And at the end of our stay… I have to say it was an amazing, magical birthday – filled with exactly the serenity I’d hoped for in finding a location with no cell signal or Internet connection and becoming one with nature (including a hike through the woods and up a mountain that I would have bet money I couldn’t scale, but alas I conquered on my 47th birthday!) And the mood lighting in the hot tub on the deck was a welcome respite after each day’s activities, as well as a morning dip with my Dutch Bros coffee in hand.
But as we packed it all in and locked it all up, did we feel like we were walking away from the “comforts of home?”
Far from it! We started the engine of our SUV to head back to our REAL COMFORTS OF HOME!
Indeed, I believe we have the better end of the deal…
For as the owner’s mortgage comes due, the taxes need paid, the grass needs cut, the snow flies and needs shoveled, and the maintenance is required… we will be heading on down the road in our “home on wheels” without the trappings of ownership that we’ve delightfully left behind.
It was a great visit, but as the house faded in the distance, we all chimed in with a resounding… “we wouldn’t want to LIVE there!”
As the temperatures have started to rise toward 100 degrees here in Quartzsite, AZ over the past few weeks, we’ve heard the call of summer and started to finalize plans for our trip north and the new adventures that will lie ahead.
It’s amazing how fast the winter has flown by and as the tarps have come down on our tent/playroom/hobby workshop, we are scrambling to finalize all the last minute details as we prepare to hit the road. (Including the whopping 10 new tires that are being put on the motorhome and the Excursion before we leave town. Ugh)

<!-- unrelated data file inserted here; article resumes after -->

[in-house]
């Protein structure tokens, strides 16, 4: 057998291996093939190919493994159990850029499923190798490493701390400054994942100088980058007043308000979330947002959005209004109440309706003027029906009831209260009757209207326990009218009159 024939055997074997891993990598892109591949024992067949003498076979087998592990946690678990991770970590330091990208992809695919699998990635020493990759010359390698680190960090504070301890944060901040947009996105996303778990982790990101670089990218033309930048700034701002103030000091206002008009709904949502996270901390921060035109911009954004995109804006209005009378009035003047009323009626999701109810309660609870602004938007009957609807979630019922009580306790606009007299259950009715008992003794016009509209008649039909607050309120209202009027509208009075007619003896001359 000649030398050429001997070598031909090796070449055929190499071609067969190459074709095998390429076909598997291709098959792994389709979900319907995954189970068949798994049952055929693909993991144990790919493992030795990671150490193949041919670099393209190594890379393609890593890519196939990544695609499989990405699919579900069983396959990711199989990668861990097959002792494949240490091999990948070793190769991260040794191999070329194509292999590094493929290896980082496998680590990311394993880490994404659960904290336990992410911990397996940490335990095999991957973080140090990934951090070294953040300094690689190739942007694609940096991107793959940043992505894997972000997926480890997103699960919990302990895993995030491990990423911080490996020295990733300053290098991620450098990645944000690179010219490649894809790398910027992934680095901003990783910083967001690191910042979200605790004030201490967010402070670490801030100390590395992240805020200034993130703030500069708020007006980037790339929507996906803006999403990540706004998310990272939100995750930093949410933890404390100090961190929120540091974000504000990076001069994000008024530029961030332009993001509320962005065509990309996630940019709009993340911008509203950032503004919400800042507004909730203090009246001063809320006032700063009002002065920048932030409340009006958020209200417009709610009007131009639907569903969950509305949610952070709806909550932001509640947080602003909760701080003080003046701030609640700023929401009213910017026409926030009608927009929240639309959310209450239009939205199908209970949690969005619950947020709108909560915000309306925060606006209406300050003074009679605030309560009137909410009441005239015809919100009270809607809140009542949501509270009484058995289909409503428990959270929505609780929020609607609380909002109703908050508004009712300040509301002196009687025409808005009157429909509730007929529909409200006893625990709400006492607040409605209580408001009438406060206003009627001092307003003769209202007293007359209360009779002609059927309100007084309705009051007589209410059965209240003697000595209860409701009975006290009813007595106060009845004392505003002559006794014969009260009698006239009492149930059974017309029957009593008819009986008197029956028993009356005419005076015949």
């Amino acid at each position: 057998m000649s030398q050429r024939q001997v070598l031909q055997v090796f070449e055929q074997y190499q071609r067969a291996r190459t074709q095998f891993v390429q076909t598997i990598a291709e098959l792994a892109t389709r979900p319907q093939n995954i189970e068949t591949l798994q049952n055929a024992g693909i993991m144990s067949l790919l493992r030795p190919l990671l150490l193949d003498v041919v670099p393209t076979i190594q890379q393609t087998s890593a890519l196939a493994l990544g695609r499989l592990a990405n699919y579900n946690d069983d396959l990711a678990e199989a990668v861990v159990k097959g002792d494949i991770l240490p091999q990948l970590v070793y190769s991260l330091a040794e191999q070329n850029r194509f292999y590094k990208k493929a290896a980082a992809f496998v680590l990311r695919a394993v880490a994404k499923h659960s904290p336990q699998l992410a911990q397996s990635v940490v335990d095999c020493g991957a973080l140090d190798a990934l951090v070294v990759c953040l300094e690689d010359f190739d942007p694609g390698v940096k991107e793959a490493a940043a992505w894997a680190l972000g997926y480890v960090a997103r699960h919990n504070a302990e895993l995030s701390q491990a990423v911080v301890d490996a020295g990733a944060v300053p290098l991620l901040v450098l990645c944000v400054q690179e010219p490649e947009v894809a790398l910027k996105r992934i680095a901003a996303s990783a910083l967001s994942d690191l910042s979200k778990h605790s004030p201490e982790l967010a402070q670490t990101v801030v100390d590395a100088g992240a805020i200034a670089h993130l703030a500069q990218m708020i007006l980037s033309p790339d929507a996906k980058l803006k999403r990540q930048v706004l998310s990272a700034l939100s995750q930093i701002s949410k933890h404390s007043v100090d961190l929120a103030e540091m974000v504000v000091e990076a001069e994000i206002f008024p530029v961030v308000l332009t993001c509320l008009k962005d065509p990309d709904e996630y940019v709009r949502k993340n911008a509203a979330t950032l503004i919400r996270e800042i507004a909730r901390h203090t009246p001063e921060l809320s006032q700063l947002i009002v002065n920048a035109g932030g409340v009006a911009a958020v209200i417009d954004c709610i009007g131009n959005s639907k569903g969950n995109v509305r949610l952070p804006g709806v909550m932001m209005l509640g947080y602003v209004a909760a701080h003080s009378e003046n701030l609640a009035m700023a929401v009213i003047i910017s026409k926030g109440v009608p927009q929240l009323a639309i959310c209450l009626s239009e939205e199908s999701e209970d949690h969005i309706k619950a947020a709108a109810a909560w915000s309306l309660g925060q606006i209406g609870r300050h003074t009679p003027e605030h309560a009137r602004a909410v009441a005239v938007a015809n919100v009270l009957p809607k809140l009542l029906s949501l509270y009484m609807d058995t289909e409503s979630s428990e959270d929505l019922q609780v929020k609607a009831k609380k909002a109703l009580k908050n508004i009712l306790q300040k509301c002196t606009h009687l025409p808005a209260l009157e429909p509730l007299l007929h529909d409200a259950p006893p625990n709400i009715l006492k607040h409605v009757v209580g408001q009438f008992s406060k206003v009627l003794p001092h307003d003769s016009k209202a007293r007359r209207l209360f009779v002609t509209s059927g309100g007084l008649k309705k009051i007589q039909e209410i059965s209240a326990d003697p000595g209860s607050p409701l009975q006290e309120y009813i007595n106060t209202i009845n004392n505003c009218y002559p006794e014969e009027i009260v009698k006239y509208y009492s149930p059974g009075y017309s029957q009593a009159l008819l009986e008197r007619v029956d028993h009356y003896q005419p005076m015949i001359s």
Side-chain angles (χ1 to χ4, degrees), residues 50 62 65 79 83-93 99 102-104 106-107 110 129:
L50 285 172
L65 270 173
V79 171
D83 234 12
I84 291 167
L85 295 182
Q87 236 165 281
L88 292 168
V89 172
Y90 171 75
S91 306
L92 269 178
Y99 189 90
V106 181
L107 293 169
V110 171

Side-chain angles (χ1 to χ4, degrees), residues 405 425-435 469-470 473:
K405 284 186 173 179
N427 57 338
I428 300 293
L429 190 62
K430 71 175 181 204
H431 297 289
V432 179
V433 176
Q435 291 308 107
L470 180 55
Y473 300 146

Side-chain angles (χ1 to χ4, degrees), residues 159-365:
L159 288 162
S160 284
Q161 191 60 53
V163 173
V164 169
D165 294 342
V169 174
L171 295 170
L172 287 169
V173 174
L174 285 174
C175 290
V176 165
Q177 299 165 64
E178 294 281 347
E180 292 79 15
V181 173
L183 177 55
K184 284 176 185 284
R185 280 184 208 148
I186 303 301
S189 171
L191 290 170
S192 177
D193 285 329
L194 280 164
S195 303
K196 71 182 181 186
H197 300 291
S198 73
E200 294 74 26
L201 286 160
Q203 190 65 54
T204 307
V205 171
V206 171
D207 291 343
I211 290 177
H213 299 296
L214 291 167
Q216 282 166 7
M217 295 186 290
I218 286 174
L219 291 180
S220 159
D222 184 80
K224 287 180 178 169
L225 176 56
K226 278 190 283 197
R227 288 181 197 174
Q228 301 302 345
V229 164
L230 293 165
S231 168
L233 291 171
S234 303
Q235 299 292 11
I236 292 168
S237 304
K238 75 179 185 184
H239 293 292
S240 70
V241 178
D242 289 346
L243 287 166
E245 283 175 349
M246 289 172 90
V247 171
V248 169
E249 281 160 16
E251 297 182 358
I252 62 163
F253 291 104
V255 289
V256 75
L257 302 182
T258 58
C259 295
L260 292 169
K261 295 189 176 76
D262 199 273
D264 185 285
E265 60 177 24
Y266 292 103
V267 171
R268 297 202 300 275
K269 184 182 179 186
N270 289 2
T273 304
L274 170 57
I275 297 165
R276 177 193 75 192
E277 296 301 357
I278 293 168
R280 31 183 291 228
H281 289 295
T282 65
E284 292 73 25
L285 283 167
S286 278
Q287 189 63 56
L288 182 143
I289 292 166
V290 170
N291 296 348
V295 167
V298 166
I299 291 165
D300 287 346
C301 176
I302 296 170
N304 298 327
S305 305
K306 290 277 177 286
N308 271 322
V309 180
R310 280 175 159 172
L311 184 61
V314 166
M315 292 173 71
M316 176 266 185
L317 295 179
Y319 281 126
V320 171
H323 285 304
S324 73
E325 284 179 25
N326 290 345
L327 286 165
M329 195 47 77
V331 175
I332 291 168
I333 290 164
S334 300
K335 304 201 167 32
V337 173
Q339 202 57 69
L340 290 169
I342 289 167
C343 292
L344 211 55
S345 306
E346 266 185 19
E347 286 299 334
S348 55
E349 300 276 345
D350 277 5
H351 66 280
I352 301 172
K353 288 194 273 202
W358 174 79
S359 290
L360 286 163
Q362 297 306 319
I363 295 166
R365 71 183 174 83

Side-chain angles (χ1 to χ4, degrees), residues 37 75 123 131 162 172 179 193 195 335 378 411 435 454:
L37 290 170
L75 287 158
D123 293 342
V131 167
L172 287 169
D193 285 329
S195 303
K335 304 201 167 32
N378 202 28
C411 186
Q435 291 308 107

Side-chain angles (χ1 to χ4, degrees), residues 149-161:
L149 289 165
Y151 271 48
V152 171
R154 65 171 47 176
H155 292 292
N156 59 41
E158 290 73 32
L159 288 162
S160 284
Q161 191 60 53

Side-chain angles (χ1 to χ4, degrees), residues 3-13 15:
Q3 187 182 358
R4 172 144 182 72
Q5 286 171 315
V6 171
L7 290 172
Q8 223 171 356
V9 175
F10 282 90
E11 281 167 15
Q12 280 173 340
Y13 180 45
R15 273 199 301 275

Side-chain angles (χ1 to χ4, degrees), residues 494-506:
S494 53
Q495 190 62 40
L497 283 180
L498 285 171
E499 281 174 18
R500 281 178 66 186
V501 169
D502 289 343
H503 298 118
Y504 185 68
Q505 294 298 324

This summer, one of our early targets is Astoria, Oregon for the Fulltime Families rally and the first time in a long time that we’ve had to be somewhere on a specific date.
As part of our free spirited lifestyle, it’s rare that we know where we will be next week, let alone 2 months in the future. So this has thrust mommy into planning overdrive, mapping out the first 6 weeks of our summer and making plans with all the friends we are going to be meeting up with along the way.
Timing our trip to arrive at the KOA in Astoria has now turned into a series of 9 campgrounds that we’ve booked along the way – staying 2 or 3 days in one spot and a week at a time in a few other spots where we know we want to cover more of the local sights and attractions.
This has meant pulling out the atlas, consulting CampClubUSA and Passport America locations for the best deals on camping rates, and heading to rvparkreviews.com to check out what others are saying about our potential picks. And it is also the first time that I’ve actually mapped our travels out on a calendar and sat for a few hours making phone calls to book 9 separate reservations! It’s been a great deal of fun, but definitely not something I’d relish doing all the time.
In addition to planning our stops, I’ve also had to research and compile our “to do” lists in each city we’ll be visiting. And since this trip will involve three brand new states (Idaho, Utah and Washington), we’ve already had a wish list of things to do and see along the way (Bryce & Zion) as well as new spots that others had told us about that we are looking forward to exploring – Lagoon amusement park, Roaring Springs waterpark, the Treehouse Museum and so much more!
So in a few day, the slides will come in, the engine will roar and we’ll be off and running on making memories for the summer of 2011.
Stay tuned for our adventures!